Encyclopedia o f Chicago
Entries : Art Criticism and Scholarship
Art Criticism and Scholarship

Art Criticism and Scholarship

Poetry, 1915 (cover)
The history of art criticism in Chicago starts with Art Review (1870), which closed after the Great Fire of 1871. Several periodicals made appearances before the World's Columbian Exposition of 1893 created an awareness of the arts. Some, like Mrs. T. V. Morse's Arts for America (1892–1900), had a largely female staff and a national circulation. Fine Arts Journal was edited by artists, and it survived from 1899 to 1919; the Chicago Evening Post started to offer serious literary and art criticism in 1908. Lorado Taft published his pioneering History of American Sculpture in 1903; built on his fame as the pre-eminent local sculptor, it became a classic.

The Armory Show exhibition (1913) focused criticism on modernism. Harriet Monroe, founder of Poetry magazine and art critic for the Chicago Tribune, understood the modernists and lambasted conservative critics such as Taft and George Zug, who objected on either aesthetic or moral grounds. The interwar period was dominated by two critics, Eleanor Jewett of the Chicago Tribune beginning in 1917, and, starting in 1924, Clarence J. Bulliet, first with Post's Magazine of the Art World and then with the Chicago Daily News when it subsumed the Post in 1932. Jewett, a McCormick family member, supported academic art while condemning all modernism as immoral; Bulliet was widely read and wrote the first of his seven art books, Apples and Madonnas, in 1927, in support of modernism. He was influential, as his weekly was the largest such American publication in the late 1920s. There was not much written outside of the newspapers and occasional exhibition catalogs. J. Z. Jacobson's Art of Today: Chicago, 1933 (1932) was the first book devoted to the contemporary art of Chicago. By the time the Century of Progress exhibition opened in 1933, modernism's legitimacy was secure.

After the WPA experience and World War II, the critical agenda turned to defining Chicago art. The critics who supported the “Momentum” artists questioned Chicago's receptivity to new ideas. Using New York jurors underscored the provincial nature of the Chicago art scene, at the same time that national art periodicals began to note the exhibitions here. None of the art critics in the late 1950s and 1960s captured attention like Jewett and Bulliet. Northwestern University professor James Breckenridge wrote for the Herald-American, and the “Momentum” artist turned art historian Franz Schulze wrote for the Daily News and for the Chicago Sun-Times when the former folded. Schulze, like his freelance peer Harold Haydon, reflected both a broader base and an appreciation of the work of the younger generation of figural expressionists that became identified as the Chicago School. Schulze's book, Fantastic Images: Chicago Art Since 1945 (1972), was the first in 40 years to examine the specific contributions of local artists.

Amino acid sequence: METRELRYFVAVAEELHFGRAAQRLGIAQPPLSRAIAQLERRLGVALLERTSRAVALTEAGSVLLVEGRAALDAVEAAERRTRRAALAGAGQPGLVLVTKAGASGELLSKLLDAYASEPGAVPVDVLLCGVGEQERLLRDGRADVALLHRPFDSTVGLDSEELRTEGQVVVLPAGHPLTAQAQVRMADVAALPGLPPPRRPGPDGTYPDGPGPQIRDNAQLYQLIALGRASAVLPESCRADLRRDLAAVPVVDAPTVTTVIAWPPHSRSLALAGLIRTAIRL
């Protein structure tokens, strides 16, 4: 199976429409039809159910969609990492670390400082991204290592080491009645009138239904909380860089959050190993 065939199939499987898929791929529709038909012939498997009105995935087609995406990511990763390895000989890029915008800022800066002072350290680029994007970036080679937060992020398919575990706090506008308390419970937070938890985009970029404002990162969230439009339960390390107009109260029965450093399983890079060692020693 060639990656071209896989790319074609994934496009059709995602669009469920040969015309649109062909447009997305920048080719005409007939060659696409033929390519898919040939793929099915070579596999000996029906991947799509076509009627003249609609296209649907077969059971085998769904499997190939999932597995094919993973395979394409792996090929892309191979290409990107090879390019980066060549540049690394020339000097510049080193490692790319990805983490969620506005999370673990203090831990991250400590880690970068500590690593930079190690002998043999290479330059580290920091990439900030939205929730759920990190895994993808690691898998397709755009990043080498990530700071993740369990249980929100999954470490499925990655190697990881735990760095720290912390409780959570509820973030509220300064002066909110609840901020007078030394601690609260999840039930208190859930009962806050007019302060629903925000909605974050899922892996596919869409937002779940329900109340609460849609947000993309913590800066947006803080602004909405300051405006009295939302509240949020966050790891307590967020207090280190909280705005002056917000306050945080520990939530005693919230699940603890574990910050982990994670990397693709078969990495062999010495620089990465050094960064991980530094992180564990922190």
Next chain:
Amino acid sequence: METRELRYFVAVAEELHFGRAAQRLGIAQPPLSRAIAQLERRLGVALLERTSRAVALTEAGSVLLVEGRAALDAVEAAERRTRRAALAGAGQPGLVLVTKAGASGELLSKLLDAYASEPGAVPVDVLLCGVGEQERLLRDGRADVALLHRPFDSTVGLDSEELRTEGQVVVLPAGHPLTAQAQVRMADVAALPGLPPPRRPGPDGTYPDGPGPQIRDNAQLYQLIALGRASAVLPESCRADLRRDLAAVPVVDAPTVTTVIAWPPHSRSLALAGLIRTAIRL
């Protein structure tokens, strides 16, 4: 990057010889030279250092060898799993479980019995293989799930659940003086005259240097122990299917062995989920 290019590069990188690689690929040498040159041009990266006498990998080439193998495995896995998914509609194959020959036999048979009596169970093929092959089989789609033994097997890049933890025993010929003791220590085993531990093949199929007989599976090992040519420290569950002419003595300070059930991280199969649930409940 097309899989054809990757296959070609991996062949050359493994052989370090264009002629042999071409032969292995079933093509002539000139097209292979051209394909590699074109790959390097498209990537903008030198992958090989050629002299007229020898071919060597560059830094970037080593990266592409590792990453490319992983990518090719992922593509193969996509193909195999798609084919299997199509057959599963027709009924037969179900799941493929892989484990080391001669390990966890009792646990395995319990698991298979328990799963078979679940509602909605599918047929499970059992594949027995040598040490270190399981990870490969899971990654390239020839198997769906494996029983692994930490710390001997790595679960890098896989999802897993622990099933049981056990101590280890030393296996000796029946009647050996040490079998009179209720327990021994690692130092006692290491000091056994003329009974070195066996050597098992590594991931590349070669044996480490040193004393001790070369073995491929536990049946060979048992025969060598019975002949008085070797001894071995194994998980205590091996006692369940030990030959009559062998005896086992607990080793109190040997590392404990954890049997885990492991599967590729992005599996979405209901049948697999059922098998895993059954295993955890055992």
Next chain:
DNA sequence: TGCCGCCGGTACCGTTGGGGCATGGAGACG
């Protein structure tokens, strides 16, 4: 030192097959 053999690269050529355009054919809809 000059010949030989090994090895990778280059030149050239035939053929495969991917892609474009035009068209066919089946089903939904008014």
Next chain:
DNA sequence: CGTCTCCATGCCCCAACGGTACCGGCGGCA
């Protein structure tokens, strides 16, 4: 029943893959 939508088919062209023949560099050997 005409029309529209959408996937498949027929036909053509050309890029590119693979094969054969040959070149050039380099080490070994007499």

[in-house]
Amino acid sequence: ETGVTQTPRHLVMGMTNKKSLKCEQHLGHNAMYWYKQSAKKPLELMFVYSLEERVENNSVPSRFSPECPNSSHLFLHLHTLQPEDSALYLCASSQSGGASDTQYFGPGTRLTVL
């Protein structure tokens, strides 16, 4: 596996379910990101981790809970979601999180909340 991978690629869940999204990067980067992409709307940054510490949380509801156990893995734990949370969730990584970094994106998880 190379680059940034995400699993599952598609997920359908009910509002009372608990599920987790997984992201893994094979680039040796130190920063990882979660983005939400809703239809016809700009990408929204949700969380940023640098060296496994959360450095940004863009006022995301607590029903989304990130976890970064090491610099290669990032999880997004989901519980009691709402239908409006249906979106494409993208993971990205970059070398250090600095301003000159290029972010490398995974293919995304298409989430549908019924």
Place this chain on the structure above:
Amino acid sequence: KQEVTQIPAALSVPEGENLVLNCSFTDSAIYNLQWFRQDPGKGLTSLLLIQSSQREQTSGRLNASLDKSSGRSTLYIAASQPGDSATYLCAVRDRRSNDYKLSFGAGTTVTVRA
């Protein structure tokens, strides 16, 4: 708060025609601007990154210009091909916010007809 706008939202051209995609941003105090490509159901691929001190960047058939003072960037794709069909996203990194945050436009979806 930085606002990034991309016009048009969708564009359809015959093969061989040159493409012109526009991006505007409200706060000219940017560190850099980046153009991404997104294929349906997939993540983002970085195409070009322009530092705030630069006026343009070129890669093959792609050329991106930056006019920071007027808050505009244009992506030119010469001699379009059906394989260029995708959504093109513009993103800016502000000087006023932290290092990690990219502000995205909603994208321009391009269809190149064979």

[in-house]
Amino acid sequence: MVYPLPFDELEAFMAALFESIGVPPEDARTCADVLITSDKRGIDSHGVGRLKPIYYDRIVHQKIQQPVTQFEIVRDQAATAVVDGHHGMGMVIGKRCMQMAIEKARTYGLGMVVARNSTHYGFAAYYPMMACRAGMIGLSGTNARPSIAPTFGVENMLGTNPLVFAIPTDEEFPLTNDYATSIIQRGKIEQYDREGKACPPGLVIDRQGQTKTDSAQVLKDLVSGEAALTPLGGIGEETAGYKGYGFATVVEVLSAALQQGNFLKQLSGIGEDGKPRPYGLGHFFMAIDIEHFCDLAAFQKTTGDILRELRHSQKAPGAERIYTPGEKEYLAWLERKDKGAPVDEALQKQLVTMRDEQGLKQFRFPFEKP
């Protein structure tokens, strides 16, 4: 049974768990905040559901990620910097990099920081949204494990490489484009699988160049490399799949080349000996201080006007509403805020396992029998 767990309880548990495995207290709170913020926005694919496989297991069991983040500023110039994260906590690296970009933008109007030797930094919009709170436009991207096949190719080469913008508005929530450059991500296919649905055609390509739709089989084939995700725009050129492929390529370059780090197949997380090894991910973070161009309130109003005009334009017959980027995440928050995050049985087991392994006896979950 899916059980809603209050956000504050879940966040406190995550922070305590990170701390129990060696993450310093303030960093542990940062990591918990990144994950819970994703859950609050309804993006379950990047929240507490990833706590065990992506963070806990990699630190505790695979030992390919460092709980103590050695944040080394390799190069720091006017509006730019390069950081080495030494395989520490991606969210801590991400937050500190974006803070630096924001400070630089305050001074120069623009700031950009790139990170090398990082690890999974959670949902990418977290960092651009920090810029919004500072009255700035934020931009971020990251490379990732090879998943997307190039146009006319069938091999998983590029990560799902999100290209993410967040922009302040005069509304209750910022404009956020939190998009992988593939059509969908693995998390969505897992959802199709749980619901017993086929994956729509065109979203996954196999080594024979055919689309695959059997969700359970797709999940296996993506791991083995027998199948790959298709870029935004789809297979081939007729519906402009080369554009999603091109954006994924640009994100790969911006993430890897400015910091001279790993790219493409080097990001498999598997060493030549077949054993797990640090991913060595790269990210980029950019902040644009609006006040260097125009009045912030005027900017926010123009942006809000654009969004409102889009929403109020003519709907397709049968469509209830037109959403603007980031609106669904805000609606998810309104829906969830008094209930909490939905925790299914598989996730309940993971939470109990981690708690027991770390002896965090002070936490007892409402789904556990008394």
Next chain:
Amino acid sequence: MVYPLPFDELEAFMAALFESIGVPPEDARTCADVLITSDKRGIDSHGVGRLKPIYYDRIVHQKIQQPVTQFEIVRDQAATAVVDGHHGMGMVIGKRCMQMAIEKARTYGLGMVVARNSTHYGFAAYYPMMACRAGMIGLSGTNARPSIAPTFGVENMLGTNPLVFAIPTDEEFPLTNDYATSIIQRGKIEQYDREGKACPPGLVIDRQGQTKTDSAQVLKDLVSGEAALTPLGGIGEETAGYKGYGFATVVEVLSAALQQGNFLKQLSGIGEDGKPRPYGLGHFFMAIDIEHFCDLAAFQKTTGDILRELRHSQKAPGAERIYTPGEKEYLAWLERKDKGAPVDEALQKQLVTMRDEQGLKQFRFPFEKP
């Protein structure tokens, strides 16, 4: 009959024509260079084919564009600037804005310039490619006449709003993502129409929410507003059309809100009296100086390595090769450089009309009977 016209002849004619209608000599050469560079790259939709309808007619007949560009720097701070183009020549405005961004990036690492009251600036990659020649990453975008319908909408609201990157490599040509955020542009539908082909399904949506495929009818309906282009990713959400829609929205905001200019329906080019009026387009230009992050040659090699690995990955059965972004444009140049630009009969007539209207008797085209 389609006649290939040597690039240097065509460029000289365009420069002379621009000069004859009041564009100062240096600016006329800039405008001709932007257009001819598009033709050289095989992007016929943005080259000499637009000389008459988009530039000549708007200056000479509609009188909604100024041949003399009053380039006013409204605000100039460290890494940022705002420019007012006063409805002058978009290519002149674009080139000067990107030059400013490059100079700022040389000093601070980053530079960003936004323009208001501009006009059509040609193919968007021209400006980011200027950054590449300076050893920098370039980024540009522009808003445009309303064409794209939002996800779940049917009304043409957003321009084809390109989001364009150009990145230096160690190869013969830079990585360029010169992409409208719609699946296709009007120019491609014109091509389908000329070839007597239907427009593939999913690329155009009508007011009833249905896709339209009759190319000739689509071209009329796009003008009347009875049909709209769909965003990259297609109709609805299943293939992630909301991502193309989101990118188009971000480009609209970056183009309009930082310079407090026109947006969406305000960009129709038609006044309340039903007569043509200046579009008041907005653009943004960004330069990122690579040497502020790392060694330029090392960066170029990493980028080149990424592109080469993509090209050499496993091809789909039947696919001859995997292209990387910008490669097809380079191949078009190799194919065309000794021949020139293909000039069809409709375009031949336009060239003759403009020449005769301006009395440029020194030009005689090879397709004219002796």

A new age of criticism arose in the 1970s, when Chicago's critics served as the local correspondents for such national art periodicals as Art in America and Art News. The opening of the Museum of Contemporary Art provided a contemporary focus that the more comprehensive Art Institute of Chicago could not, and the growth of the art galleries expanded opportunities to write about art. The New Art Examiner, which began in Chicago in 1973, increased national awareness of Chicago's artists in the decades following, while such critics as the Tribune's Alan Artner brought news of European art to his readers. Dennis Adrian of the School of the Art Institute has been especially influential in defining and promoting the Chicago School of local artists.

Prince, Sue Ann. The Old Guard and the Avant-Garde: Modernism in Chicago, 1910–1940. 1990.
Schulze, Franz. Fantastic Images: Chicago Art Since 1945. 1972.